SCIENCE FICTION/FAR FUTURE MARTIAL ARTS As humanity expands out into the galaxy and begins to encounter other intelligent species, the opportunity to learn new and intriguing martial arts styles increases dramatically. After all, a potential student now has not just dozens of styles to choose from, but dozens of worlds’ worth of styles, with all the variation that implies. Of course, some types of aliens are so nonHuman that mankind cannot learn their fighting styles. But in most science fiction universes a substantial portion of the alien species are humanoid, so Humans can probably study their martial arts without much problem. At the GM’s discretion, some maneuvers (such as Nerve Strikes) may only apply to a single species (typically, the character’s own species) when learned; characters have to buy a Science Skill in the anatomy of an alien species before they can use such attacks successfully on members of that species. One option for science fiction martial arts is to limit or abolish the Style Distinctive Feature. In a galaxy possibly featuring thousands of martial arts forms, it’s extremely unlikely a particular fighter has in-depth knowledge of more than a tiny fraction of them. Therefore the odds are against the Style Distinctive Feature actually being a Disadvantage most of the time, particularly if the character travels extensively. Therefore the GM should think about giving fewer points for the Disadvantage, or even disallowing its use entirely.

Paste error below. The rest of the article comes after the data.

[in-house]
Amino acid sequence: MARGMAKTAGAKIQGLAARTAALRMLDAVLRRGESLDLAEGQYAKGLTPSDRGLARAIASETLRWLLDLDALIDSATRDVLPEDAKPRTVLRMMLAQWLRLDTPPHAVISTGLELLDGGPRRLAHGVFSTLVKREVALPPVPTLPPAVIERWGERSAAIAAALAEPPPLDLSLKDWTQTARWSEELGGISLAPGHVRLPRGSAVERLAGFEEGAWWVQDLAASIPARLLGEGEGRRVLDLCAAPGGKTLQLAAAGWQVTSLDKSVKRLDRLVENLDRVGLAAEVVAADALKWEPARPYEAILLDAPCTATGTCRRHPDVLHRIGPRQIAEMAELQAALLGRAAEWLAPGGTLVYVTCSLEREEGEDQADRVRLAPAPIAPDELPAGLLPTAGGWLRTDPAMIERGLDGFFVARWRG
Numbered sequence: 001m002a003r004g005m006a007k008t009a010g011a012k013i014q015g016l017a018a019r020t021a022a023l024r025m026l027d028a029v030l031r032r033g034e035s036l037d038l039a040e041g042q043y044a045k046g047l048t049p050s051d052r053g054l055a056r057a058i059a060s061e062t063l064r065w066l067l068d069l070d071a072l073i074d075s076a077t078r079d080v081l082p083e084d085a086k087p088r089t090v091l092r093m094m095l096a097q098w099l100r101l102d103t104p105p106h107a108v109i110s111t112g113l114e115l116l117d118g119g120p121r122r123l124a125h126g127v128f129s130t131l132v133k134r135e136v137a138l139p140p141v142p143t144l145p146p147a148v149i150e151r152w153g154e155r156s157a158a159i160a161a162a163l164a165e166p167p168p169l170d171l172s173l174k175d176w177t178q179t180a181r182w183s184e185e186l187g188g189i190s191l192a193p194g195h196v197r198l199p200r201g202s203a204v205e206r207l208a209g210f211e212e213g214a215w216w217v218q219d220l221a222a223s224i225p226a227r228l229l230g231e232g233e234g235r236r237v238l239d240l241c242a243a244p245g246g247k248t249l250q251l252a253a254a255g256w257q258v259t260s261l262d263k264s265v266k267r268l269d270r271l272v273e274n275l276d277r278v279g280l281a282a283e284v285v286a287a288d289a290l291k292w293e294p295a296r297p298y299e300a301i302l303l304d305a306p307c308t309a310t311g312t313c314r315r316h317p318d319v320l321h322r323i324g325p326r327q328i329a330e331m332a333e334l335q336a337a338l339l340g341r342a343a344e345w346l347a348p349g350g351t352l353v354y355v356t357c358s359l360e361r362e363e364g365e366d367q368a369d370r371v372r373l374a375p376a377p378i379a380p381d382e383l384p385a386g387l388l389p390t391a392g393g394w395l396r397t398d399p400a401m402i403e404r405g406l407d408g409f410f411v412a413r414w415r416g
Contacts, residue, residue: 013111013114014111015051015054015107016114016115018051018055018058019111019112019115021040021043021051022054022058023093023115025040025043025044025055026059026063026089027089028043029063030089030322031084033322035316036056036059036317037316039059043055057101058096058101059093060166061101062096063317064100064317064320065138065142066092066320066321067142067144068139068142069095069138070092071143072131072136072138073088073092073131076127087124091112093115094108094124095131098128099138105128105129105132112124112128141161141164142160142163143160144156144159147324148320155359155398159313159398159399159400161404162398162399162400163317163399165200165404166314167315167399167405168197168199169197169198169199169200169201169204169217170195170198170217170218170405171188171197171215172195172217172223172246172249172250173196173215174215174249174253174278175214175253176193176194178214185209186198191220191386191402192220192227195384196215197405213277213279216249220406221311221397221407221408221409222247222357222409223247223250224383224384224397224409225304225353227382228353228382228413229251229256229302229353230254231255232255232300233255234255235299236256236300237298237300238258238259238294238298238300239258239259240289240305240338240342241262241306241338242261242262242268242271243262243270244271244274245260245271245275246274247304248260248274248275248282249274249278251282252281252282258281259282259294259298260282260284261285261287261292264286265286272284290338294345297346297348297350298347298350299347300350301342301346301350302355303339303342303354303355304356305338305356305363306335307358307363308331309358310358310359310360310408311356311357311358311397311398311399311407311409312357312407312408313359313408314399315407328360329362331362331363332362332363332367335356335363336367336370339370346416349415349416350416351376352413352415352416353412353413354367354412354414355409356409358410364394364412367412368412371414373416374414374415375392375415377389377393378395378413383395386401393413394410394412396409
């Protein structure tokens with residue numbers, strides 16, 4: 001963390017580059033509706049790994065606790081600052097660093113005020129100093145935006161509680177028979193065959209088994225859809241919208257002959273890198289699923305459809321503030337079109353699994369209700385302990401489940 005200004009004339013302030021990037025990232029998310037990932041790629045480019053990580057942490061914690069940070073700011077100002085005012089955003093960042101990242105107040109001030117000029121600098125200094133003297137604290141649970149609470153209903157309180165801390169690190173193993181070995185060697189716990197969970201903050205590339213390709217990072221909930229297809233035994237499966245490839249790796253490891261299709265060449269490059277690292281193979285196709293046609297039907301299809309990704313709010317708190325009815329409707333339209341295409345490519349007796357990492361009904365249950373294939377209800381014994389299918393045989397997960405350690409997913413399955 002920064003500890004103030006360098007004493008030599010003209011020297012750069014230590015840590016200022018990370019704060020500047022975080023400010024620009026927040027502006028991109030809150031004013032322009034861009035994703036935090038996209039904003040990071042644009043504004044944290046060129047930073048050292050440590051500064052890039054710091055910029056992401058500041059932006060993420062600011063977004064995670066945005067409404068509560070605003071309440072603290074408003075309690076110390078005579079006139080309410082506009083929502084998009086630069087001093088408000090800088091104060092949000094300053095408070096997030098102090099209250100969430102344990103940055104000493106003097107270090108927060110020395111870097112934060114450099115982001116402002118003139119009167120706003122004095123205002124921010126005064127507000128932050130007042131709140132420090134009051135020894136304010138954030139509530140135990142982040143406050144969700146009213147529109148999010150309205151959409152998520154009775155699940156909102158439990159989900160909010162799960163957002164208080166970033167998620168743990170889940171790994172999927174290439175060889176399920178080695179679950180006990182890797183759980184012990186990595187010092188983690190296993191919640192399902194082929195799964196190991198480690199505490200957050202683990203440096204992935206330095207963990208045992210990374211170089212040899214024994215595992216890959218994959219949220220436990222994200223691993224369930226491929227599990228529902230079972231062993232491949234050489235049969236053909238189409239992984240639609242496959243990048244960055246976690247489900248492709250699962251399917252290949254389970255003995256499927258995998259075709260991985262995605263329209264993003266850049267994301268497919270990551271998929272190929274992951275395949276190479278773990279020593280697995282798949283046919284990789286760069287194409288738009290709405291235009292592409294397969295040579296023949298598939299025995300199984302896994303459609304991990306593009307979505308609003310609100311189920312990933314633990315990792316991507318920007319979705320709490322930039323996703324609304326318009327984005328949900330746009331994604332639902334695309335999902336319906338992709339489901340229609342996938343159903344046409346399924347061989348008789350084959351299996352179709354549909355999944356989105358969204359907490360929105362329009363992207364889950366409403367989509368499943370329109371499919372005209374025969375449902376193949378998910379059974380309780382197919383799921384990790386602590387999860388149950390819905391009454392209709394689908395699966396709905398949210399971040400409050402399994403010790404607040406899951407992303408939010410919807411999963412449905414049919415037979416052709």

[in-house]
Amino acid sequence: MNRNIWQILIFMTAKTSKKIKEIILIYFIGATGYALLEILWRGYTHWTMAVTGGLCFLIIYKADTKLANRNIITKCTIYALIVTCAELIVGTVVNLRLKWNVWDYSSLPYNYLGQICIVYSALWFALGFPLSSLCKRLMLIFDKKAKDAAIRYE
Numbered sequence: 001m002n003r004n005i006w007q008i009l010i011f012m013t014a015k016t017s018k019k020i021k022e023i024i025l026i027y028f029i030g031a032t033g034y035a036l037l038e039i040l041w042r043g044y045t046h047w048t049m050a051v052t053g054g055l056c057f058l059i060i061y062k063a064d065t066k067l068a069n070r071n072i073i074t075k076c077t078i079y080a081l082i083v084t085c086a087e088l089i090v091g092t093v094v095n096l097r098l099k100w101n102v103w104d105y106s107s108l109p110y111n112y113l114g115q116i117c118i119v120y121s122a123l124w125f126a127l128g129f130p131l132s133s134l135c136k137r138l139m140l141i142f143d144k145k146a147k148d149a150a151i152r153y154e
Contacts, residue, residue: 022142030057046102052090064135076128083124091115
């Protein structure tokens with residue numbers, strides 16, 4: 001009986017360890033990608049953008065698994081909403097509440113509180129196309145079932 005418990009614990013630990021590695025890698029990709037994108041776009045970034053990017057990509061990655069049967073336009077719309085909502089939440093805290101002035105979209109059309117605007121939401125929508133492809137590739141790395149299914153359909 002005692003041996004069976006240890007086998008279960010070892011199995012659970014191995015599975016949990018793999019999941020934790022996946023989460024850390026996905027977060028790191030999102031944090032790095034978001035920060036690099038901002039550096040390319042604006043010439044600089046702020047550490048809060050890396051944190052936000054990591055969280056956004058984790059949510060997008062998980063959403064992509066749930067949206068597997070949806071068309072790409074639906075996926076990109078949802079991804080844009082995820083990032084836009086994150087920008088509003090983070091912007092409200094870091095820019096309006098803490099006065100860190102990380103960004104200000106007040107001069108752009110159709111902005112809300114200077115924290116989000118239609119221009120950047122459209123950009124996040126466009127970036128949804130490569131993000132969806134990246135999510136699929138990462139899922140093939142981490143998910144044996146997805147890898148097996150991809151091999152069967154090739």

The Du’karça, a quasi-reptilian species native to the planet Khomura, have achieved an enviable reputation throughout their home galaxy for their fighting skills. Du’karça mercenaries routinely command greater rates of pay than mercs from other species, and Du’karça assassins are likewise considered the best of the best. Much of the Du’karça reputation rests on their species’s long tradition of hand-to-hand combat arts. The most widely known of the hundreds of fighting styles they have developed is Maashira, a weapons-based art whose name comes from a poetic term meaning “shining high, yellow hot” (Du’karça blood is yellowish). Maashira practitioners begin by learning the yinali, a weapon almost identical to a sword, but featuring two distinctive sharpened prongs about one handspan long projecting pointward from the hilt. Some never go beyond the yinali, preferring it to all other weapons because of its versatility and simple beauty. Others broaden their skills, learning how to apply Maashira to spears, other polearms, various flexible weapons, and the staff.